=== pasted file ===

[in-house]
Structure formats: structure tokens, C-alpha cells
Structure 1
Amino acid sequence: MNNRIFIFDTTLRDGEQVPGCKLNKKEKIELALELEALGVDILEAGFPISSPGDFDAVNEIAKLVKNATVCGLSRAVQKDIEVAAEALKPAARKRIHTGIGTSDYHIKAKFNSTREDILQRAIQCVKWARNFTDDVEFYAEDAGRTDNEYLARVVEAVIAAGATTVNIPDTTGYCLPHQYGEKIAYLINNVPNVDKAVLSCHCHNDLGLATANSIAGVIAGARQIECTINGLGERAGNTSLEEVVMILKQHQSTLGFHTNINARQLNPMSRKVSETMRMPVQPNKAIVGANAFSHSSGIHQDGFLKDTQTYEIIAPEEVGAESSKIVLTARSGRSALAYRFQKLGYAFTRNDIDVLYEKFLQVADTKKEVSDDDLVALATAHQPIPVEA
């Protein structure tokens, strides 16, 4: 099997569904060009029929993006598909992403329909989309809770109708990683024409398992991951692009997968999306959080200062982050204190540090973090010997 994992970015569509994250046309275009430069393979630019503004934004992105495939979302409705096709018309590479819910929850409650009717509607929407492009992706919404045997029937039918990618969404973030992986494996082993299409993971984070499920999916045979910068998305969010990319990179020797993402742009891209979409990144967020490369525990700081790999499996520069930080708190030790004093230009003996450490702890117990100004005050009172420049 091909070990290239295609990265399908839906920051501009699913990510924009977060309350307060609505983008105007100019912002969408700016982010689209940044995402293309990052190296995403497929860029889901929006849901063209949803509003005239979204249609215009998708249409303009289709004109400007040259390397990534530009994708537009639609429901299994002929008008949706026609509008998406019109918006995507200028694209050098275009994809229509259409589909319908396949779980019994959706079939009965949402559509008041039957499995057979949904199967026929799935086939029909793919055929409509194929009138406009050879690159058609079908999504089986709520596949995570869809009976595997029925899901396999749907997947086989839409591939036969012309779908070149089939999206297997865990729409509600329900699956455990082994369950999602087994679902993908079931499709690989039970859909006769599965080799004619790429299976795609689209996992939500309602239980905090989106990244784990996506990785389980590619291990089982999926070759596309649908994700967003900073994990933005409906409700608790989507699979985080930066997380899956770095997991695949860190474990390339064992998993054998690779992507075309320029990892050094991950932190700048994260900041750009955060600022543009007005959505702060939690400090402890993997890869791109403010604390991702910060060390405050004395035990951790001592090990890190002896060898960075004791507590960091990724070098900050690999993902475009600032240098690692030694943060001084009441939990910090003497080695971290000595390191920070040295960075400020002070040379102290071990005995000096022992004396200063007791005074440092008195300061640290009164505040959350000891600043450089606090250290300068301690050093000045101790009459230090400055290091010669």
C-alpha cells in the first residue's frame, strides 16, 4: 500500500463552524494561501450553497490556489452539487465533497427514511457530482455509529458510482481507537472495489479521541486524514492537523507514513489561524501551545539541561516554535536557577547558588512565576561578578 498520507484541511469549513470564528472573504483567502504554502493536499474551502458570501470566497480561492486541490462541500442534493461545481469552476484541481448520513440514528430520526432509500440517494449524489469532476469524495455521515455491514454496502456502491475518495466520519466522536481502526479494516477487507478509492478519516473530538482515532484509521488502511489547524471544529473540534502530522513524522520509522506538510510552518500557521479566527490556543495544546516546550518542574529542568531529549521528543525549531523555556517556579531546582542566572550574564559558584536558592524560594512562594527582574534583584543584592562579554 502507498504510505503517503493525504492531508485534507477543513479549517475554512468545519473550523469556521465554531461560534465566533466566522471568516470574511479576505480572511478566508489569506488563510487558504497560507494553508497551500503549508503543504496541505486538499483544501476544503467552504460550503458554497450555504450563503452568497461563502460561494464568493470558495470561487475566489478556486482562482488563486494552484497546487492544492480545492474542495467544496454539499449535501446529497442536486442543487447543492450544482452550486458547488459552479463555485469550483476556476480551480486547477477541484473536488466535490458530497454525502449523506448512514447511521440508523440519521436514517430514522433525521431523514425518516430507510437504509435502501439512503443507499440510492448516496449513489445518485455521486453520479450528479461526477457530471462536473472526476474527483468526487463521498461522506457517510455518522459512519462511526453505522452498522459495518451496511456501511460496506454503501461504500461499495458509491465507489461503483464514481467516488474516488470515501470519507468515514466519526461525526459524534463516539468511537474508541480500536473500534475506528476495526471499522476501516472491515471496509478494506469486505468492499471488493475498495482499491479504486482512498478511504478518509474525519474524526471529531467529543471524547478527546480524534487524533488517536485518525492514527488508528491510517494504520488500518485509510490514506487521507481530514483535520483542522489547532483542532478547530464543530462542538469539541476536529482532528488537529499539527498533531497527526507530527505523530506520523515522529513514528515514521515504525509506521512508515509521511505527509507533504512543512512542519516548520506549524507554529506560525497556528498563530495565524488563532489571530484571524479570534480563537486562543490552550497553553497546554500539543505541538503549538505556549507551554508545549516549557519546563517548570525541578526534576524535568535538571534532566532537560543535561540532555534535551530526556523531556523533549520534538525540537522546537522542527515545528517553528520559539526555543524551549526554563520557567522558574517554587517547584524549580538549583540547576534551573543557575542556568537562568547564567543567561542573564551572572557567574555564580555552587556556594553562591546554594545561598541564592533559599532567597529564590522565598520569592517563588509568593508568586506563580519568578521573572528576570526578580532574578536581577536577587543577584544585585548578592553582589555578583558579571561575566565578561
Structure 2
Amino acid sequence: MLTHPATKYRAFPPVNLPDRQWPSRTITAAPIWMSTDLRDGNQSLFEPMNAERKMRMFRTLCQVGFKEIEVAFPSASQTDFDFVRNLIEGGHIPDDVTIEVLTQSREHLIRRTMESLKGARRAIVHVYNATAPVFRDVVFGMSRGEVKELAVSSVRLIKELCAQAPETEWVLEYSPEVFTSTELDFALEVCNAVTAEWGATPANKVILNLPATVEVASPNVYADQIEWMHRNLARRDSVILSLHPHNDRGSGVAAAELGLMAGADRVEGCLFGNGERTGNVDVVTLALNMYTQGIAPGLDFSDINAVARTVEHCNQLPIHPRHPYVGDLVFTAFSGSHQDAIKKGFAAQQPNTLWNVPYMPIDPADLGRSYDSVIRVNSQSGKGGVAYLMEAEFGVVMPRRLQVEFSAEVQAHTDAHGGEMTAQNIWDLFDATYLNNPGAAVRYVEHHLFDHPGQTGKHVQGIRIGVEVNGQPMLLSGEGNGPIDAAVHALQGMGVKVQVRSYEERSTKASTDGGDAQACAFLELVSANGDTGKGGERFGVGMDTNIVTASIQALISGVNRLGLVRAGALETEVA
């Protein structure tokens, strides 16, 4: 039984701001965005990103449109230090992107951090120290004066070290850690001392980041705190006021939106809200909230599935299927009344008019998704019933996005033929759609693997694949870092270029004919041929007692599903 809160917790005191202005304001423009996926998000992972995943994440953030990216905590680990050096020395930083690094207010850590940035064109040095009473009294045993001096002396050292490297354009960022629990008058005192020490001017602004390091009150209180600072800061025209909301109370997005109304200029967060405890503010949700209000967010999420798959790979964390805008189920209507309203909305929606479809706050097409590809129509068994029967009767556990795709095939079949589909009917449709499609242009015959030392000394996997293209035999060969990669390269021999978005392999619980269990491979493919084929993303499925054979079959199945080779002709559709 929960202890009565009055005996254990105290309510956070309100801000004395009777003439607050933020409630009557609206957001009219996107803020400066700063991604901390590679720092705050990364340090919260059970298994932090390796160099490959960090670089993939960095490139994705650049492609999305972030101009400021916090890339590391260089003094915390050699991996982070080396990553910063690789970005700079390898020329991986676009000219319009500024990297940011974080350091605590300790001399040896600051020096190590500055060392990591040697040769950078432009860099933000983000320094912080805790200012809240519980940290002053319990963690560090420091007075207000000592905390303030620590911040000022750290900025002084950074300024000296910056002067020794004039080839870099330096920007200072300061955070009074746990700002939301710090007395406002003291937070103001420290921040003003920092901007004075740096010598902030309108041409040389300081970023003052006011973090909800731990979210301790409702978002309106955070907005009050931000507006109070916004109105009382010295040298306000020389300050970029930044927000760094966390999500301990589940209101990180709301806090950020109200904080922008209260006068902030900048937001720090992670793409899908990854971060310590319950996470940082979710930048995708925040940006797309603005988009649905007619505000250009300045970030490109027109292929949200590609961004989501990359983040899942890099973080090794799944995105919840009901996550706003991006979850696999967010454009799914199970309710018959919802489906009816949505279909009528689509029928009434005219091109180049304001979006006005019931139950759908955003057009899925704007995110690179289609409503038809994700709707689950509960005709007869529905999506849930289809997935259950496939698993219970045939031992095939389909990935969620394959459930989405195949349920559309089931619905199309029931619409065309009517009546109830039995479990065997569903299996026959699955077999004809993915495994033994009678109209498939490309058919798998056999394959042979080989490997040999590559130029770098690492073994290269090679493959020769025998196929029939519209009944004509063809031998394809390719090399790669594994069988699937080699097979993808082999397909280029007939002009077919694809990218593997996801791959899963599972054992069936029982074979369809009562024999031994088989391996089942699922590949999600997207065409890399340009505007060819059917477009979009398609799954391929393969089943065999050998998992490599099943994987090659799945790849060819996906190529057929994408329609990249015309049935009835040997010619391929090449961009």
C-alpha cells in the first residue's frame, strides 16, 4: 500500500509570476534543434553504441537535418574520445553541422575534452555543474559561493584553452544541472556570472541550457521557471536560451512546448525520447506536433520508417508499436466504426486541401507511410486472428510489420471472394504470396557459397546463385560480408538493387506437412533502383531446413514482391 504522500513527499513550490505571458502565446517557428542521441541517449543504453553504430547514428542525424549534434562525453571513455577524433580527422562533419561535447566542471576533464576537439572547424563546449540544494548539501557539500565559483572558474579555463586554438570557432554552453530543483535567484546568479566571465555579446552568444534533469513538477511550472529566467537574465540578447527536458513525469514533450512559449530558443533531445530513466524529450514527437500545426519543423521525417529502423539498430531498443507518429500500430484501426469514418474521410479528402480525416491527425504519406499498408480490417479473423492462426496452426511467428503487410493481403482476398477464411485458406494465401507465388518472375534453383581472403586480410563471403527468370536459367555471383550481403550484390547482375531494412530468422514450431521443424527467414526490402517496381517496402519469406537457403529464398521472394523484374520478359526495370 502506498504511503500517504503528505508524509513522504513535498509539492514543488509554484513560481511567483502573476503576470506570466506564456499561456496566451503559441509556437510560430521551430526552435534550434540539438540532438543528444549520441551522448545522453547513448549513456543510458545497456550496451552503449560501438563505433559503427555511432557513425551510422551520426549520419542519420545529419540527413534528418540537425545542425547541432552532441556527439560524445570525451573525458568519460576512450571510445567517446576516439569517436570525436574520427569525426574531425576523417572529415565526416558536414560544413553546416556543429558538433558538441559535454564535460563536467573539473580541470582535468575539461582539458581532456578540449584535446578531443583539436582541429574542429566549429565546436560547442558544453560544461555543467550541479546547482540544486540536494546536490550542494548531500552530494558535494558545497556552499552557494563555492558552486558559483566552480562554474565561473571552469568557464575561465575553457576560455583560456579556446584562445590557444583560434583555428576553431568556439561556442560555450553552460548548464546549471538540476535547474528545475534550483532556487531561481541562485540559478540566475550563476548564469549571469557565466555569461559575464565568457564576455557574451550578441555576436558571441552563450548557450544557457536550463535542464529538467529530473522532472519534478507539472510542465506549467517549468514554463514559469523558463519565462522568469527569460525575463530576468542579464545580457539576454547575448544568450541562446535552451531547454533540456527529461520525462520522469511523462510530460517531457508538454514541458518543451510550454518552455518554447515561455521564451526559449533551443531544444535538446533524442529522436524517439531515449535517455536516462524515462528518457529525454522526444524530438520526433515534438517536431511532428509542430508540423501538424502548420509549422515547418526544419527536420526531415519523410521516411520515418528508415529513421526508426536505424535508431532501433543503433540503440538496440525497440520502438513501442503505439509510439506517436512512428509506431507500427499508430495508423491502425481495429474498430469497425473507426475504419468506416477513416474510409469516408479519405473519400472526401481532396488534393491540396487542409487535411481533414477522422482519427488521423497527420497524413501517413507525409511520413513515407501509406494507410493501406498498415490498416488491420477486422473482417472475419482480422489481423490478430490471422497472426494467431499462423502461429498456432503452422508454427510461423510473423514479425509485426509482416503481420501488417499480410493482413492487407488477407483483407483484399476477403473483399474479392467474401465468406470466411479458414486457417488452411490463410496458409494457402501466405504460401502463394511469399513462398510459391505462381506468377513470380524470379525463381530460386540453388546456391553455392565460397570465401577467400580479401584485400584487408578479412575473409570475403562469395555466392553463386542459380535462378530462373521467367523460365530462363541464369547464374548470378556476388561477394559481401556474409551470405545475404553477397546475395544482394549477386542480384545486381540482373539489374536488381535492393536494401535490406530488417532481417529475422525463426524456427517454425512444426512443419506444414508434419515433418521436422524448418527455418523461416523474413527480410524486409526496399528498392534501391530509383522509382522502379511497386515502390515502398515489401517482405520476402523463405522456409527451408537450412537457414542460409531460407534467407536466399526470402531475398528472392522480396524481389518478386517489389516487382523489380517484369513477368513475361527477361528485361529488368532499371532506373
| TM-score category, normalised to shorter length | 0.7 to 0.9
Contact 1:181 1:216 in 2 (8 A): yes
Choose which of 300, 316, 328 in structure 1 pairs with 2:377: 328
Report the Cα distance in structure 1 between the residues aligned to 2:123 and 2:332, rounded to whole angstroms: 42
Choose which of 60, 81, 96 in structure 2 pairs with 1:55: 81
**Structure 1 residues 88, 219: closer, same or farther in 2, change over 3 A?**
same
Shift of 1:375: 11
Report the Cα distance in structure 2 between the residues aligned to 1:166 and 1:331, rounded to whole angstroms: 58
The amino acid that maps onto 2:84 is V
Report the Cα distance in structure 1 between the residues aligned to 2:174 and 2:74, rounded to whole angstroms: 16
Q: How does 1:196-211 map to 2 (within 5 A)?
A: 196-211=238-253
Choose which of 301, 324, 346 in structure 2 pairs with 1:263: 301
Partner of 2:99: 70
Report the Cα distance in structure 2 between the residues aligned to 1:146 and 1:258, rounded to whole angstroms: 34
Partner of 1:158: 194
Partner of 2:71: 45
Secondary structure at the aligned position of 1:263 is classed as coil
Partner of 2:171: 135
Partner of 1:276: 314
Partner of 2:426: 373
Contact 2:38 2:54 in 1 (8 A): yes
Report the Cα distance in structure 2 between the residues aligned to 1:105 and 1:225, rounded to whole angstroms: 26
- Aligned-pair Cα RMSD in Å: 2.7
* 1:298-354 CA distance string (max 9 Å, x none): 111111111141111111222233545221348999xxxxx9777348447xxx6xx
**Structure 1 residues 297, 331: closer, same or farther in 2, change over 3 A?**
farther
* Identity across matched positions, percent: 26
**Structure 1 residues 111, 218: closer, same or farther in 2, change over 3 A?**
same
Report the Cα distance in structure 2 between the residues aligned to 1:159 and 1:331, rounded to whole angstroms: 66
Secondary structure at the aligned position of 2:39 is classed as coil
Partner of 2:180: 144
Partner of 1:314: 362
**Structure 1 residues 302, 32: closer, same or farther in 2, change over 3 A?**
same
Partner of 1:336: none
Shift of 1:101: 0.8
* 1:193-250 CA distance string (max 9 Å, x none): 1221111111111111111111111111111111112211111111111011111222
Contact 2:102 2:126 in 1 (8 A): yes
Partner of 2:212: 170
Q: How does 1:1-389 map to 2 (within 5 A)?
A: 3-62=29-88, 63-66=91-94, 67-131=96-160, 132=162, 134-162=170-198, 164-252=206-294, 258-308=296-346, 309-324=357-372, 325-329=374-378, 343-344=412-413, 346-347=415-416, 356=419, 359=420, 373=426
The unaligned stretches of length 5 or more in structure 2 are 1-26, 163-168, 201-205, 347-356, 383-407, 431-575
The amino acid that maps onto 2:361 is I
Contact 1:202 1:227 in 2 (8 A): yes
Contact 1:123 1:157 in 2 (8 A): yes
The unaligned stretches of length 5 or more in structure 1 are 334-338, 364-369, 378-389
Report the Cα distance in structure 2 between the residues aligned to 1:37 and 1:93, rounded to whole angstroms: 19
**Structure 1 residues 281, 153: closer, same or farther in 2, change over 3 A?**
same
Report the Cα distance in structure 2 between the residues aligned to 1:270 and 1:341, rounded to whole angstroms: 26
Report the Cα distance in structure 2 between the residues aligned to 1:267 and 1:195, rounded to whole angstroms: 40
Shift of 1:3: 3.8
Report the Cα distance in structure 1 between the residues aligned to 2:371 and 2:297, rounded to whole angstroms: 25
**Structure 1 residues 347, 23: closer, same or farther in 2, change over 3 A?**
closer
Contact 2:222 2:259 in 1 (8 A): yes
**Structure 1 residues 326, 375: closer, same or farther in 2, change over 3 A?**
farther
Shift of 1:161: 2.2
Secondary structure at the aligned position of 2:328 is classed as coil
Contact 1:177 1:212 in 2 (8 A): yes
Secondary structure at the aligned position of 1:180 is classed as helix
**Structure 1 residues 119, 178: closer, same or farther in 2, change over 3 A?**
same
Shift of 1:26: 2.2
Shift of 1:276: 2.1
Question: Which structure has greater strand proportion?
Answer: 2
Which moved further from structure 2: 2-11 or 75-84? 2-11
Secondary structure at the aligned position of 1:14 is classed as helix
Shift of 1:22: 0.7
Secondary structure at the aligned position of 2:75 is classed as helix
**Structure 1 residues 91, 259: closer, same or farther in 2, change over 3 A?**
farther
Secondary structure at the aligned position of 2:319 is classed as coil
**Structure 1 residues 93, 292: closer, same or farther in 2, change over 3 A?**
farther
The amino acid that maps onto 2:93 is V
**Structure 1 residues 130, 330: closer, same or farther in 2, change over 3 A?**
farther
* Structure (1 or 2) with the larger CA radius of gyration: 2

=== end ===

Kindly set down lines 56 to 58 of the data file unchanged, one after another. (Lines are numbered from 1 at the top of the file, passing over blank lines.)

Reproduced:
The amino acid that maps onto 2:361 is I
Contact 1:202 1:227 in 2 (8 A): yes
Contact 1:123 1:157 in 2 (8 A): yes